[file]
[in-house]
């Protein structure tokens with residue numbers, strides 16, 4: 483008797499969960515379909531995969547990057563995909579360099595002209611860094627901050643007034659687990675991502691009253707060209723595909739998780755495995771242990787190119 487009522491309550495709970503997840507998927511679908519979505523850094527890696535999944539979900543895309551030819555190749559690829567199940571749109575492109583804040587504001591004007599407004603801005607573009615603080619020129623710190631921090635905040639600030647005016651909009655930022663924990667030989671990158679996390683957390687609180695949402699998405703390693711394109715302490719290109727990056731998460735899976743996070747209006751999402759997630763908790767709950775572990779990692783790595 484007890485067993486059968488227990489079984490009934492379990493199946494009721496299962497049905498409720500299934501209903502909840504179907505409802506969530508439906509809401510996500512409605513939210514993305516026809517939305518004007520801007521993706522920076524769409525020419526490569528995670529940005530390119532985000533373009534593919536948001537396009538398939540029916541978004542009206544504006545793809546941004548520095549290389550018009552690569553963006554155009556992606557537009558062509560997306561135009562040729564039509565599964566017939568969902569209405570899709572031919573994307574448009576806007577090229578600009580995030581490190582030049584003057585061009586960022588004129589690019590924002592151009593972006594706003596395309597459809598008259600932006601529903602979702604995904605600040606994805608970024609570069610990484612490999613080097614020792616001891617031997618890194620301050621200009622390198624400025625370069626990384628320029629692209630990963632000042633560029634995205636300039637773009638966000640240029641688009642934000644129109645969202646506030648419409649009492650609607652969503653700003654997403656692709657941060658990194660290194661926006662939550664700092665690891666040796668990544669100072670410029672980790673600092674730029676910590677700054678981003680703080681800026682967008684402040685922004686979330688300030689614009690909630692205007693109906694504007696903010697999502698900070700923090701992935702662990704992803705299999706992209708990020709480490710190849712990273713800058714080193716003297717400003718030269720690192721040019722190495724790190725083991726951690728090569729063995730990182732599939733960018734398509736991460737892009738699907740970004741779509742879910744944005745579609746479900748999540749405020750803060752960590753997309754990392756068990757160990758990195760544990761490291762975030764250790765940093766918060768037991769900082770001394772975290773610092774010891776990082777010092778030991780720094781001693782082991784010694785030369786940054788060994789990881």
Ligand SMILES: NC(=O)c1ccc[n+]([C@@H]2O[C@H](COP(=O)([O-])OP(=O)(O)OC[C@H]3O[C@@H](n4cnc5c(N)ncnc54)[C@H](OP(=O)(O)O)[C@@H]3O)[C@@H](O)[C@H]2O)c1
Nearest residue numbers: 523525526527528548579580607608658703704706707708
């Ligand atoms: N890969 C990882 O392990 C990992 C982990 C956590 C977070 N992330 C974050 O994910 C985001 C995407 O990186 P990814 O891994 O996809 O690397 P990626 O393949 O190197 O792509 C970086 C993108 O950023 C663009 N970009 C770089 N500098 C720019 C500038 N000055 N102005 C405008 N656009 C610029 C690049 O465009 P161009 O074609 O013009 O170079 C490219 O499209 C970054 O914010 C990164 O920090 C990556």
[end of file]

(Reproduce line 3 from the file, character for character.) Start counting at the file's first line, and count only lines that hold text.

Ligand SMILES: NC(=O)c1ccc[n+]([C@@H]2O[C@H](COP(=O)([O-])OP(=O)(O)OC[C@H]3O[C@@H](n4cnc5c(N)ncnc54)[C@H](OP(=O)(O)O)[C@@H]3O)[C@@H](O)[C@H]2O)c1